Meet Cooper Black. One of the coolest fonts out there.

Cooper Black Font

A quick history on the font, and why I love it.

This whole post was sparked by a can of craft beer I had last night (apart from graphic design, craft beer is my slightly unhealthy passion in life)

The beer in question, “Haze is the place” a Hazy IPA from Morenos (A Mexican brewery) and its label. As I was drinking it with my wife Elisa, I decided to bore her with a bit of font spotting, and told her the font used on the label is called Cooper Black, and went on to tell her what I’m about to tell you.

Chicago, 1919, World War One had just ended, and the world, particularly the US, had an upsurge in productivity, and this called for more advertising, and the most popular medium back then, was newspaper ads. Back then, printing was still done using pieces cut out of either metal or wood.

Metal became the more popular method of printing due to the Guttenberg press (I will save that story for another day.) and allowed for more precise, and smaller letters, giving birth to the mass printing of newspapers, magazines, bibles etc.

Oswald Cooper was an illustrator and worked on many a custom typeface, hand painting them for each advertisement, but now with the powerful metal presses, and the speedy linotype presses, this opened up the possibilities for him to produce a fully fledged typeface to use over and over again. The typeface Cooper was born. He basically took a standard serif font and made it softer and rounder, slightly more soothing to the eye.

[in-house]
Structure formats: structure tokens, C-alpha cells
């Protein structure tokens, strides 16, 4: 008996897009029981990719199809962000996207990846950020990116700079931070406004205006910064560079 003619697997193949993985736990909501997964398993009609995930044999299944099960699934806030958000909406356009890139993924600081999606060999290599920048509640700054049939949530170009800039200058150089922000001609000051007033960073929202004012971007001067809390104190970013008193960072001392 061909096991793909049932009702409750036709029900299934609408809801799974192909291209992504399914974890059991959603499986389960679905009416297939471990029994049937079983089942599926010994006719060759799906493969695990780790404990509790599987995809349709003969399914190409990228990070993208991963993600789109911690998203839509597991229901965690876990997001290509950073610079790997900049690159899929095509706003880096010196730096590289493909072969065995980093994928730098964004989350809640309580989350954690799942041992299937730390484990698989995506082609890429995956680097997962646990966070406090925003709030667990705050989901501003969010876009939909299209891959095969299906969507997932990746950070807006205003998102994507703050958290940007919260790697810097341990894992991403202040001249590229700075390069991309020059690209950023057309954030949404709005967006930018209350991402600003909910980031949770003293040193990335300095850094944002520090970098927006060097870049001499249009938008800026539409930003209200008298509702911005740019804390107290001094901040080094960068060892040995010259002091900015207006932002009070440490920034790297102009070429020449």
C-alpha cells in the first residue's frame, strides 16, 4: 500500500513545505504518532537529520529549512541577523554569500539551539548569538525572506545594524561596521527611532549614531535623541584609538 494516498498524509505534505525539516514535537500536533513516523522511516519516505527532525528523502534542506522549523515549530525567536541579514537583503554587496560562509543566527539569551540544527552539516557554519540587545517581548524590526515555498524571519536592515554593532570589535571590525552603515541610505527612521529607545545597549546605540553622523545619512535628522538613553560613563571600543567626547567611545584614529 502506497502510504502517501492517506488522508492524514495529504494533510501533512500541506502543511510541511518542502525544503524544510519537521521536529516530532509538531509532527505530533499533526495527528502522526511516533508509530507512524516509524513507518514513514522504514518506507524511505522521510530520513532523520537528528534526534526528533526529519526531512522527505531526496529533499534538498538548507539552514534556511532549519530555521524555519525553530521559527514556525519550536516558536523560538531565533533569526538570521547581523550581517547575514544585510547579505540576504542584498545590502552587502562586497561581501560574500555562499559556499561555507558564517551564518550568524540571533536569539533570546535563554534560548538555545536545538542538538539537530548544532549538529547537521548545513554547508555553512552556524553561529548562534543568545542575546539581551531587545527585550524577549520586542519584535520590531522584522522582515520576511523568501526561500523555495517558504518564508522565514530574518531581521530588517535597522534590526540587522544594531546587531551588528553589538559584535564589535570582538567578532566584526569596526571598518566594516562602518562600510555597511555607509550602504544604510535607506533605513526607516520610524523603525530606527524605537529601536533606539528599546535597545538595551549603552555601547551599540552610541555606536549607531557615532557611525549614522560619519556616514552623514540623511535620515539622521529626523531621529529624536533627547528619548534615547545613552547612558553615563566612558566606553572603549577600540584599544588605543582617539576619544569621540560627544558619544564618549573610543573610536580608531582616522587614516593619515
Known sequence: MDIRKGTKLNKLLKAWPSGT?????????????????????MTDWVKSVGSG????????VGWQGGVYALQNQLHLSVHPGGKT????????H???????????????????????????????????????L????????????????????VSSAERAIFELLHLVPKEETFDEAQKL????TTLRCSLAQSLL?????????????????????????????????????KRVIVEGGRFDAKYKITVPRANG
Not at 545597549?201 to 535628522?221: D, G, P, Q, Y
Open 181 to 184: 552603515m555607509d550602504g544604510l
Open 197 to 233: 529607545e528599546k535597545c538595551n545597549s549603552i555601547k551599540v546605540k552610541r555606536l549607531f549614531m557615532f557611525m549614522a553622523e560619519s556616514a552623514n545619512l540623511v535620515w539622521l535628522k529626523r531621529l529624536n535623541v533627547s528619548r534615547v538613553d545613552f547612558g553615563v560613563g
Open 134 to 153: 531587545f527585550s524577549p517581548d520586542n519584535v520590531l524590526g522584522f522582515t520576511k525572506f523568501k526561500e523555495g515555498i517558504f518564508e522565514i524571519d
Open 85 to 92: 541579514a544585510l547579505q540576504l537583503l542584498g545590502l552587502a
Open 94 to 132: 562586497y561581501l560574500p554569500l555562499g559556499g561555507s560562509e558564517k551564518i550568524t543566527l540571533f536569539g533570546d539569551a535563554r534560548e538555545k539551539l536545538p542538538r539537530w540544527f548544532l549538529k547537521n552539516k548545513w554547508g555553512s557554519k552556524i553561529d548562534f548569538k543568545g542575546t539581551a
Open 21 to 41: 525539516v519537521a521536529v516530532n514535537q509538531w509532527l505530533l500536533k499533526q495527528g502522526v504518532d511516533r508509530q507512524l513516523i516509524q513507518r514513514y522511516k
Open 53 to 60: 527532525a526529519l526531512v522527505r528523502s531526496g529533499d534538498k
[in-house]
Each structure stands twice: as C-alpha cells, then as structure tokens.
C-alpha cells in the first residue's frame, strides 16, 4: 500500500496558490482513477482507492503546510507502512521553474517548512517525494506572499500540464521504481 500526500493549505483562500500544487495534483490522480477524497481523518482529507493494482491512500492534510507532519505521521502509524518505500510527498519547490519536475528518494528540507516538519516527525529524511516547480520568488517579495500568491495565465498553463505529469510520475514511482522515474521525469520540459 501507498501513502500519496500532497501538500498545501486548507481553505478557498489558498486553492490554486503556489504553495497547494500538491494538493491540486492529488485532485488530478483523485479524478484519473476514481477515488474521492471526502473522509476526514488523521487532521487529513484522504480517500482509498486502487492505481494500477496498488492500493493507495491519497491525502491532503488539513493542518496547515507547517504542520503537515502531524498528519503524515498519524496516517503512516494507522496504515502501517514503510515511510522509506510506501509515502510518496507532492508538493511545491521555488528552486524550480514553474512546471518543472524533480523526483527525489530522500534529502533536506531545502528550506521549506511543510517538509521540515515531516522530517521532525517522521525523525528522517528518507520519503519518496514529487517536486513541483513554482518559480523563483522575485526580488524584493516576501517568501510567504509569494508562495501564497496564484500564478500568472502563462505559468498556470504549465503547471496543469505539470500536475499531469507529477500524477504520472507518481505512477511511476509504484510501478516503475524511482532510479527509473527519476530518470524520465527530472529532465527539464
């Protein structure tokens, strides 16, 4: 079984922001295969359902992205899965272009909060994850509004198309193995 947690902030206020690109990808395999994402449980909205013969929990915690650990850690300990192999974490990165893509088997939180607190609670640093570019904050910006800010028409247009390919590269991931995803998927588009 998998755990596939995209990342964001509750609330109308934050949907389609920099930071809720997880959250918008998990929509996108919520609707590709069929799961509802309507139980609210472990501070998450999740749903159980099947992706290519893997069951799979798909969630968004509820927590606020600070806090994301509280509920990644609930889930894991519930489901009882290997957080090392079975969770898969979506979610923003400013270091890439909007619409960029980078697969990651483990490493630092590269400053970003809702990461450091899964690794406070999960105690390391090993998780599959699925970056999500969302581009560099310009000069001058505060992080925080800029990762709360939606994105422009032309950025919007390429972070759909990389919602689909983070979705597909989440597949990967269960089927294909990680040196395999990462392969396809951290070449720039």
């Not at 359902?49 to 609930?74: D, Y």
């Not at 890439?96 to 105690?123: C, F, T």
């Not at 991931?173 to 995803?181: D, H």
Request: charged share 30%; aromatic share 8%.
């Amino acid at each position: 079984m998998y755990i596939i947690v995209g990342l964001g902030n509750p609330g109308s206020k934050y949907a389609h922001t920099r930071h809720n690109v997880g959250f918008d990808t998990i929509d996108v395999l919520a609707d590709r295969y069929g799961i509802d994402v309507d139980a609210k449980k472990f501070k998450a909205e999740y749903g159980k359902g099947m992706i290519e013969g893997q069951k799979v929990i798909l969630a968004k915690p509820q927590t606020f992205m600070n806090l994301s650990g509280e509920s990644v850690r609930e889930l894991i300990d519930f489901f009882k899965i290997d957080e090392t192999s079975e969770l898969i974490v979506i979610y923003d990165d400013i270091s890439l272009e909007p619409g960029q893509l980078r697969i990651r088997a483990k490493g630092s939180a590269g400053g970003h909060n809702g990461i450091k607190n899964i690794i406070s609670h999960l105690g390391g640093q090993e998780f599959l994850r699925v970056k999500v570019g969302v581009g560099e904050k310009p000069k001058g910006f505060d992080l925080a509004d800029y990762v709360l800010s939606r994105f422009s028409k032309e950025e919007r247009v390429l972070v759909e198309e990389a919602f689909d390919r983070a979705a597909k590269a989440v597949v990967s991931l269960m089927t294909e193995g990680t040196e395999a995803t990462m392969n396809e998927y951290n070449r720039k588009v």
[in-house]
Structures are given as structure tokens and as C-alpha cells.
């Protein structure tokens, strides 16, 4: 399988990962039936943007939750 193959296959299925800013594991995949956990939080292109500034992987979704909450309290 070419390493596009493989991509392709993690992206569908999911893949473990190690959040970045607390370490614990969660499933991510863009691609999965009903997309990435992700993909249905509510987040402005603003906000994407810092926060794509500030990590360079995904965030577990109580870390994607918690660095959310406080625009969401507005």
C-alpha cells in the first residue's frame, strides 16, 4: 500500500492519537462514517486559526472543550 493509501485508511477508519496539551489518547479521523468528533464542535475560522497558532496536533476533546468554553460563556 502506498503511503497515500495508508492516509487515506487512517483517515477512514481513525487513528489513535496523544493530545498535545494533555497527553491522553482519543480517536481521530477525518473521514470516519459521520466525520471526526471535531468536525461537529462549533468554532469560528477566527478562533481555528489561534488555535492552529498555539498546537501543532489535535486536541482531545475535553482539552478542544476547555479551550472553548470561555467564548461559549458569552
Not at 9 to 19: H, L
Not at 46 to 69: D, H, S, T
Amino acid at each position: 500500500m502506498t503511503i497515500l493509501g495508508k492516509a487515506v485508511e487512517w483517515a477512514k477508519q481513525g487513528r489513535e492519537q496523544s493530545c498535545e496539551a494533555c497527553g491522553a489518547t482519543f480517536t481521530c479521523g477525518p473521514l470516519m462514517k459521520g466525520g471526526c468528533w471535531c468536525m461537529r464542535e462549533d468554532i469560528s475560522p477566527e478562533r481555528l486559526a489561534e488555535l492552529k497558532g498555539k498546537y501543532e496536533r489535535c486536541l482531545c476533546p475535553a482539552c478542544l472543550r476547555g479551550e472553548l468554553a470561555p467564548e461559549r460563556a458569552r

The type foundry Barnhart and Spindler saw his work and asked for a bold font based on cooper, for use in headlines and adverts. 1920, Cooper Black was born and had instant success.

Why was it so popular? Well, just look at the curves! It was unlike any other font at the time, and curved parts that previous fonts didn’t dare, like the bottom “feet” of the font, it looks like a standard, kinda boring font has had life literally blown into it like a balloon. The curves also helped the font when being printed, it was much more forgiving, and didn’t look that bad with mistakes in there, like a crooked font here or there.

Some of my favorite letters are the lowercase letters f,g and the O. The f, made great use of the limited rectangular space used with the letterpress printing of the time, you can see here how it neatly fits inside the rectangle and makes full use of the space. The g is just a great looking letter, that cheeky horn to the top right, you could make a logo using just this letter. The O is unconventional, and fun, most typefaces have the space inside the O set in a very vertical manner, whereas Cooper Black has it tilted back, making it a little more friendly.

As the print technology evolved, it became much more accessible, which allowed for greater creativity. Cooper Black was the star of the DIY poster/flyer’s of the 60 and 70’s, which influenced the movie industry and advertising industry a great deal. Cooper Black started popping up everywhere, from posters, to adverts, and your local store, it had never been more popular.

Below, I have created a collage of Cooper Black being used in popular culture, let me know how many you recognize, and if I have missed any in the comments.

If you are interested in my personal obsession with craft beer (and my personal logo creations) check out my Instagram here.